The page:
Gov. Newsom proposes $168 million to reduce long lines at California’s DMV

A line stretches around a DMV in South L.A. in August.
(Kent Nishimura / Los Angeles Times)

Gov. Gavin Newsom proposed Friday to add $168 million to the budget of the California Department of Motor Vehicles for more hiring and improvements to keep reducing wait times at field offices that ran up to six hours last summer.

The proposal will face scrutiny from lawmakers who say they need more assurances that the agency’s management is turning a corner as the state is seeking to appoint a new agency director.

“I do believe that the DMV needs more resources, because they have more customers coming in for the REAL IDs, but I don’t believe that the leadership team there now knows what to do with those resources,” said Assemblyman Phil Ting (D-San Francisco), who is chairman of The Assembly Budget Committee.

The request sent to the Legislature includes an extra $6 million for the current fiscal year, ending June 30, and $162 million more for next year.


That would represent a 13% increase in the previously proposed DMV budget of $1.2 billion next year.

The proposed improvements include measures recommended by auditors and a strike team appointed by Newsom to fix the ailing agency.

“Over time, DMV has increasingly struggled to meet the public’s needs in field offices, on its website, through the use of self-service terminal — kiosks — and via phone calls,” said a letter from Finance Director Keely Martin Bosler. The new budget proposal “increases funding for a number of long term improvements that will begin transitioning the DMV to a better, more customer-friendly department.”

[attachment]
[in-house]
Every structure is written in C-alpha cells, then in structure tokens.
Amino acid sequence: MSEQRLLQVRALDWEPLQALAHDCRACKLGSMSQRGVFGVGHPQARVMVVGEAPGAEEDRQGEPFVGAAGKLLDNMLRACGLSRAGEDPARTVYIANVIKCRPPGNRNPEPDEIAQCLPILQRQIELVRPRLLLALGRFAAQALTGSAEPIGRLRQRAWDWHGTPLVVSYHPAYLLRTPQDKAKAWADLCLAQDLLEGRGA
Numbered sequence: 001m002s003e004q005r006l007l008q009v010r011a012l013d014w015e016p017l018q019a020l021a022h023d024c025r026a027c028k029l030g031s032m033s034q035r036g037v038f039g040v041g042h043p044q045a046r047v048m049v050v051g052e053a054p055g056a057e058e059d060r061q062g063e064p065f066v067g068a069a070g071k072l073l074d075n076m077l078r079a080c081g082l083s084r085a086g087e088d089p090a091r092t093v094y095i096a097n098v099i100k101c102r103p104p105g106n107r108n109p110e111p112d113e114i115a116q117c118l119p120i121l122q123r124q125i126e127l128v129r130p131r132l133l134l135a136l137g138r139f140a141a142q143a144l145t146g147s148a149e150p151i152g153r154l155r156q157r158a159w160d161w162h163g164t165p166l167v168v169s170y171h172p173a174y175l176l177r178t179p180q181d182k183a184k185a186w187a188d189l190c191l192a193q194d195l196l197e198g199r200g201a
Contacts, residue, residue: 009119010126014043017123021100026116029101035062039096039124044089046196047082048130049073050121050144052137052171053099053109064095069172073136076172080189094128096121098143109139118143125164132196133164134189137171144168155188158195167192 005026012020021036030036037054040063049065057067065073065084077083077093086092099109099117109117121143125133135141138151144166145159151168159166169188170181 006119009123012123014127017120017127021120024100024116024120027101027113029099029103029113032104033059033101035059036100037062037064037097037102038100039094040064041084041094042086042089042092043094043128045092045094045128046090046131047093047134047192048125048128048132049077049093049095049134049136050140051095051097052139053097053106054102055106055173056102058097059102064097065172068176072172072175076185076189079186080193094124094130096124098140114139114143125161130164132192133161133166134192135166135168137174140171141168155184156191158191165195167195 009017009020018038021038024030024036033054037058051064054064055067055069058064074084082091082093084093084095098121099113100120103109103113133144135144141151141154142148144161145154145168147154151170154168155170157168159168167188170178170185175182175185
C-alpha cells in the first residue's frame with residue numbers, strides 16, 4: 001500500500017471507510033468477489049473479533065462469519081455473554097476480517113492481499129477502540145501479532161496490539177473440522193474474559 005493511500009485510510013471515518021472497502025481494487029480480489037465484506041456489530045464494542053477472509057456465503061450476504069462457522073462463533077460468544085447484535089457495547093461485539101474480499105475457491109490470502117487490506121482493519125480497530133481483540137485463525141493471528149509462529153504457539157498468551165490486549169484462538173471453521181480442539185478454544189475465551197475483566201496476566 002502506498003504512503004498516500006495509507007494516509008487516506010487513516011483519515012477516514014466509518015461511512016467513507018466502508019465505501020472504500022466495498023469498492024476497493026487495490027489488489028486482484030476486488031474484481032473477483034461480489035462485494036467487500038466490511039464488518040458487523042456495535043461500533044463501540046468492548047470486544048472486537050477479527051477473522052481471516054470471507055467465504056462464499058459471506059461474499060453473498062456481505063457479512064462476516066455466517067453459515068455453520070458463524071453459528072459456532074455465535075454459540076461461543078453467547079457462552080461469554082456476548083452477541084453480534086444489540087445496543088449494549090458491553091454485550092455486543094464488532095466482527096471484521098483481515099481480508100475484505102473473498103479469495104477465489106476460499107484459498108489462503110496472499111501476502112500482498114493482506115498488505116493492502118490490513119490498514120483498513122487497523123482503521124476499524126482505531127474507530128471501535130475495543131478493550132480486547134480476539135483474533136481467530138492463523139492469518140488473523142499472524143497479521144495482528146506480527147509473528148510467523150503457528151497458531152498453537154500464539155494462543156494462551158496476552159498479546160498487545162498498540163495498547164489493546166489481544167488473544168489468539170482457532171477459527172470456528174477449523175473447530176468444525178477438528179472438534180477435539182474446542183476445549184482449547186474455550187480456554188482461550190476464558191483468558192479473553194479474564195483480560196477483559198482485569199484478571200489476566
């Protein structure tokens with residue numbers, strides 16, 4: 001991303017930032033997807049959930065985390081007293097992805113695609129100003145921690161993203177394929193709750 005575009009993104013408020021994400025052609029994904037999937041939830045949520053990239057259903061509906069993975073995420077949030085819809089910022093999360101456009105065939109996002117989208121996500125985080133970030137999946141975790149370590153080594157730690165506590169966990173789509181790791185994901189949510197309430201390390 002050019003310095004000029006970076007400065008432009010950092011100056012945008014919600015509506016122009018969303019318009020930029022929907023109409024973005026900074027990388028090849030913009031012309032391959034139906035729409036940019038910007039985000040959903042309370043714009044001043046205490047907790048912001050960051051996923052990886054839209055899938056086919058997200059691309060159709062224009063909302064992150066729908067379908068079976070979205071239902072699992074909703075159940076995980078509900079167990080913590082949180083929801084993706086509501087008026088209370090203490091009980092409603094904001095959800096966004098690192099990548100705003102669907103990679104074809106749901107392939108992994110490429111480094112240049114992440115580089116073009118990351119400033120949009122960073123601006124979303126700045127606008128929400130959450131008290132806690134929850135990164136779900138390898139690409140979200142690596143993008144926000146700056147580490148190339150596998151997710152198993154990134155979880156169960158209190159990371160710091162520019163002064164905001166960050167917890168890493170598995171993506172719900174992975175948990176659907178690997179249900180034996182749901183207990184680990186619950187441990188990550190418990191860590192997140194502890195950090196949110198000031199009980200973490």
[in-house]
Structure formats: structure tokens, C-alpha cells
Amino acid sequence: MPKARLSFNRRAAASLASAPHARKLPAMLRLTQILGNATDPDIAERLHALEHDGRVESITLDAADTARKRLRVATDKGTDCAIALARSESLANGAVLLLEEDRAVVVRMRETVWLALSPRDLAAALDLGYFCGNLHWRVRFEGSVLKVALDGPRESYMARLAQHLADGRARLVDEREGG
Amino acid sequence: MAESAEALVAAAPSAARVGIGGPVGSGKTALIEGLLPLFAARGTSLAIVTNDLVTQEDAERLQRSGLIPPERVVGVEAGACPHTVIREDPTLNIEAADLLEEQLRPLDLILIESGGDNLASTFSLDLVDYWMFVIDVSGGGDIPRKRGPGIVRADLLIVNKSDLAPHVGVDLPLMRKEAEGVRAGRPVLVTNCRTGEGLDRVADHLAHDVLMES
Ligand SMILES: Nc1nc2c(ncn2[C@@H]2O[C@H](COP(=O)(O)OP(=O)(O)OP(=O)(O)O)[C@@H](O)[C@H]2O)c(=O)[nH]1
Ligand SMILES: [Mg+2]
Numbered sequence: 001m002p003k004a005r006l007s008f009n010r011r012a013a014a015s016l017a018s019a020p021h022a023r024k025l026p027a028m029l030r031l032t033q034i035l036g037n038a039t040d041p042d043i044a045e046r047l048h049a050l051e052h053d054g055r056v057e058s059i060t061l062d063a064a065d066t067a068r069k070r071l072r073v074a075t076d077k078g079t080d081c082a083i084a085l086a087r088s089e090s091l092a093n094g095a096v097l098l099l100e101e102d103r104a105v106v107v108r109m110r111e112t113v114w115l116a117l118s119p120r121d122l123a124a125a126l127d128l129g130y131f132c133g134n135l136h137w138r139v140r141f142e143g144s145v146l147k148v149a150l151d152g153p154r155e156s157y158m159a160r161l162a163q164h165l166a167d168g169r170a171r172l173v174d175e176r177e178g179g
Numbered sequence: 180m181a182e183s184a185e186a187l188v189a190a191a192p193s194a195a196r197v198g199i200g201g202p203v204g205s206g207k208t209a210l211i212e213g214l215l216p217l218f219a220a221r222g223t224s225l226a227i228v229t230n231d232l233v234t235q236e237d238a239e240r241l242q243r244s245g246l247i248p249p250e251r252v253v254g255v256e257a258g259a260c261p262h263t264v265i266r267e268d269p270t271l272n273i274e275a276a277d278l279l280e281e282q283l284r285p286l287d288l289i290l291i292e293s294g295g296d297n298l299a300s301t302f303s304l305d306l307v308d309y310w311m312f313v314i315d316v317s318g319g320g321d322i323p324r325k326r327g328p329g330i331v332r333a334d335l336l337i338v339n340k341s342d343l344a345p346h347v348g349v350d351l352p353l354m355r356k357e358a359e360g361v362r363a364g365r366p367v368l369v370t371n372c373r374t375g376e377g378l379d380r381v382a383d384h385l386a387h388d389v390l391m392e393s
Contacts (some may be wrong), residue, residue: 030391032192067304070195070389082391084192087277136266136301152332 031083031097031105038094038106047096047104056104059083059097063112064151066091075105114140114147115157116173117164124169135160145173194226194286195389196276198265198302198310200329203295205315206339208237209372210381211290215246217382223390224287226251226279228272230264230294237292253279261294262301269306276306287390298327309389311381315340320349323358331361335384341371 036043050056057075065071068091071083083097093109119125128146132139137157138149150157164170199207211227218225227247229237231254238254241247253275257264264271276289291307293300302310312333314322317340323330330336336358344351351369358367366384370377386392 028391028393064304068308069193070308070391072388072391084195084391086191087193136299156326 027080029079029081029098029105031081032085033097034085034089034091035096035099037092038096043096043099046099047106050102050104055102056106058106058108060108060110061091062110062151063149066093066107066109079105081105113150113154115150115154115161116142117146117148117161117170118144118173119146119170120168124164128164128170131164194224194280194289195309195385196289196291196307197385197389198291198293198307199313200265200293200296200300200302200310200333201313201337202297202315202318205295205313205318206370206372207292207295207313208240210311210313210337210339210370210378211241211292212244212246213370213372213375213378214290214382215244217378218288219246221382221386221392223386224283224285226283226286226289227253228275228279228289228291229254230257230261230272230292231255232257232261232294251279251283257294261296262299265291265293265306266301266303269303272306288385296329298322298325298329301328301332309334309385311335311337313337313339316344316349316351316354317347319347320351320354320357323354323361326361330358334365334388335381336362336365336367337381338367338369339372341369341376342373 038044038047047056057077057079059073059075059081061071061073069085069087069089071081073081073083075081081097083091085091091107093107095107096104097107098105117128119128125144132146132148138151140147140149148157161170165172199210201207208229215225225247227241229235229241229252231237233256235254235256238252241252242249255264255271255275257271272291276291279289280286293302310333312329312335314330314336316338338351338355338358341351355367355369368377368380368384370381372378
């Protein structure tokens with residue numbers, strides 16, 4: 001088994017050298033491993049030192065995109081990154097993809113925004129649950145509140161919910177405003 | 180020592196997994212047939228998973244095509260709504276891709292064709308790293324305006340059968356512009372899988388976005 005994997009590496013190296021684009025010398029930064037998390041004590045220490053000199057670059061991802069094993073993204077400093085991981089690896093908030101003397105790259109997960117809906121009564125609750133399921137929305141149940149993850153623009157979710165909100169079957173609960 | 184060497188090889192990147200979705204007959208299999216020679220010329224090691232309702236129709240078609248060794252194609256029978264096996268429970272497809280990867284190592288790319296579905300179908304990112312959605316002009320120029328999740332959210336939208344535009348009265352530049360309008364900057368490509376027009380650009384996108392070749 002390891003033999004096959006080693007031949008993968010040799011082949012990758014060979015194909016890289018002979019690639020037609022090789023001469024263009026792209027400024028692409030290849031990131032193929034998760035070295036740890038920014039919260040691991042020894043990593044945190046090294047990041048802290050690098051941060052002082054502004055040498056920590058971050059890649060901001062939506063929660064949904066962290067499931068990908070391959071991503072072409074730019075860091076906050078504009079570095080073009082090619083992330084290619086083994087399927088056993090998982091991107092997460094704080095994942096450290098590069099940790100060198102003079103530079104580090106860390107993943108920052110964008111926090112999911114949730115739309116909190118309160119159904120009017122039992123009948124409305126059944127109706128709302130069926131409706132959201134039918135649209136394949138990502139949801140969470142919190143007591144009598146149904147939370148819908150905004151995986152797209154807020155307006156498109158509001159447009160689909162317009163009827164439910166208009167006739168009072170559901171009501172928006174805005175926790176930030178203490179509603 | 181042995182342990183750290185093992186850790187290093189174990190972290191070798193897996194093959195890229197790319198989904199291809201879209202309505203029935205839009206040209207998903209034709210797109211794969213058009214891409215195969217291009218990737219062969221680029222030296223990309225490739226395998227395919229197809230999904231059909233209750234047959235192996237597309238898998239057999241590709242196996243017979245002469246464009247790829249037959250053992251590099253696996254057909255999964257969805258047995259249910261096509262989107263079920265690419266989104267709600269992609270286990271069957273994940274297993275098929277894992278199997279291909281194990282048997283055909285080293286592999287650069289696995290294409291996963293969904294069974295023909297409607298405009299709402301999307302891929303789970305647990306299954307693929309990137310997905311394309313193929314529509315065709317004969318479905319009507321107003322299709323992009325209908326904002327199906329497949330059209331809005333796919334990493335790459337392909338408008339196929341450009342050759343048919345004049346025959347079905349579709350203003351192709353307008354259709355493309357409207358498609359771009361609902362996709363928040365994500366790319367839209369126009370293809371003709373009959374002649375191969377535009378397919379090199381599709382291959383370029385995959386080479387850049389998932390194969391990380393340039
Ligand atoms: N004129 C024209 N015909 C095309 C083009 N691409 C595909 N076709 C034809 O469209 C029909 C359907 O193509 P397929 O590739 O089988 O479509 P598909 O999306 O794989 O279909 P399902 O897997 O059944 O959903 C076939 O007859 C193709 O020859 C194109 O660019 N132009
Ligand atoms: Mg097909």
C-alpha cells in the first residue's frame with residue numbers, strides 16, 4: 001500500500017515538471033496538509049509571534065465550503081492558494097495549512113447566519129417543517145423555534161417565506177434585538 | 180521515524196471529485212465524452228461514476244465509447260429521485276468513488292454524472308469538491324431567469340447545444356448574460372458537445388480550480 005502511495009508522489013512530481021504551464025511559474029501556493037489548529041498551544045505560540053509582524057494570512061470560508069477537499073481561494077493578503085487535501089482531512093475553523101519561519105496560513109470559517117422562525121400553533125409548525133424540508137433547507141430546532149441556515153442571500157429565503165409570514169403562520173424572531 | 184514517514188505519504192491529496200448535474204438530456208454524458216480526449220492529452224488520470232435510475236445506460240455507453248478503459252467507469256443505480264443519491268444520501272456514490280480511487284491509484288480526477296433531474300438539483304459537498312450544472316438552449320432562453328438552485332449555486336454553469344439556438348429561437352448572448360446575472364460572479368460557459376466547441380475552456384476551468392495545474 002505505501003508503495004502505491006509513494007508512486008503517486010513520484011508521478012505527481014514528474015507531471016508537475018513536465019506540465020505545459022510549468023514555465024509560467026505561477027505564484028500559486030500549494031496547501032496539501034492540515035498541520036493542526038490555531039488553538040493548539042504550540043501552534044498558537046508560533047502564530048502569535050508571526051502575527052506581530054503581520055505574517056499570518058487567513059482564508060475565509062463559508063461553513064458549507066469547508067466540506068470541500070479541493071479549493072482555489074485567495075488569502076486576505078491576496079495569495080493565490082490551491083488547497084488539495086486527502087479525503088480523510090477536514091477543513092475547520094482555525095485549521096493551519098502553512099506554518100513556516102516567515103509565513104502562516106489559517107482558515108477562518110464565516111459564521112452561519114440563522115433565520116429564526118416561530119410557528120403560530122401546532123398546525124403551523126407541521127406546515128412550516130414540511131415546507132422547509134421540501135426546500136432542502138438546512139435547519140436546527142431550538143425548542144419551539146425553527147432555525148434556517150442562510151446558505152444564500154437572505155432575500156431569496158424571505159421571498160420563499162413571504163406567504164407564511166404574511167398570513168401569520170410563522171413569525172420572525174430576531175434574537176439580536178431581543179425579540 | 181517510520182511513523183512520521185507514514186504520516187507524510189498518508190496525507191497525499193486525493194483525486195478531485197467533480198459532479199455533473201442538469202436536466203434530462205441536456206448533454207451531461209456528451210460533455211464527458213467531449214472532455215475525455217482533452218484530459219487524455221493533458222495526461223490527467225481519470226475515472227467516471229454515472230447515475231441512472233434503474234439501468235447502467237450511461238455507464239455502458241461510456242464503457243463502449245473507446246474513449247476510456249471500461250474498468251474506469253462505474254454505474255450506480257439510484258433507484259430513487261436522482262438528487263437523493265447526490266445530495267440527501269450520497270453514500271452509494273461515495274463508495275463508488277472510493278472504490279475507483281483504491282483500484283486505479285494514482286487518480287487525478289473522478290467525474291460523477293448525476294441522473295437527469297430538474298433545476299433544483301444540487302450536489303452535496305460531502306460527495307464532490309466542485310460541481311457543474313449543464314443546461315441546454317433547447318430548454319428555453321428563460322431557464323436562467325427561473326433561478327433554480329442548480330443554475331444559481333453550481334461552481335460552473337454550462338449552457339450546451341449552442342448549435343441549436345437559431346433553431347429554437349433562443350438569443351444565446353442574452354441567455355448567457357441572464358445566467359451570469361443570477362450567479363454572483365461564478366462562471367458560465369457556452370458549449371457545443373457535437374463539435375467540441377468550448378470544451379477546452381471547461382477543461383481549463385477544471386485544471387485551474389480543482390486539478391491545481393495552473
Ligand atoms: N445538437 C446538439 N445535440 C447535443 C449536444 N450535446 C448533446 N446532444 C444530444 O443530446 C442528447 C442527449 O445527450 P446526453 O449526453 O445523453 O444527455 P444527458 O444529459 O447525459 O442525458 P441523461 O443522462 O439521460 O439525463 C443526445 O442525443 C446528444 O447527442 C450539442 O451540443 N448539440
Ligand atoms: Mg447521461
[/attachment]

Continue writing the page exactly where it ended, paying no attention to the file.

DMV didn’t focus resources on Real ID rollout, making those long lines longer than usual »

Residents complained last summer of waiting four to six hours at DMV field offices as the agency dealt with complications caused by Real IDs, a new driver’s license and identification card design required for airline passengers starting in late 2020.

In response, Bosler conducted an audit released this week that found “significant deficiencies” in DMV operations, including problems with management practices, staffing levels and technology.

Many of the changes in Friday’s budget proposal are being recommended by the DMV Reinvention Strike Team, appointed by Newsom in January and headed by state Government Operations Agency Secretary Marybel Batjer.

The budget increase will fund 178 new staff members, continue funding for 900 existing temporary positions and add 970 temporary hires, which will allow the agency to continue operating with expanded service hours.


Money will also go to computer technology improvements, including a redesign of the DMV website so it is easier to use, the expansion of kiosks in public places where transactions can be completed, and changes needed to allow the agency to accept credit cards from those renewing drivers’ licenses, the governor’s finance office told legislators.

Other funds will go to improve employee training, while $9.5 million is proposed for a media campaign to educate the public about how best to use the DMV.

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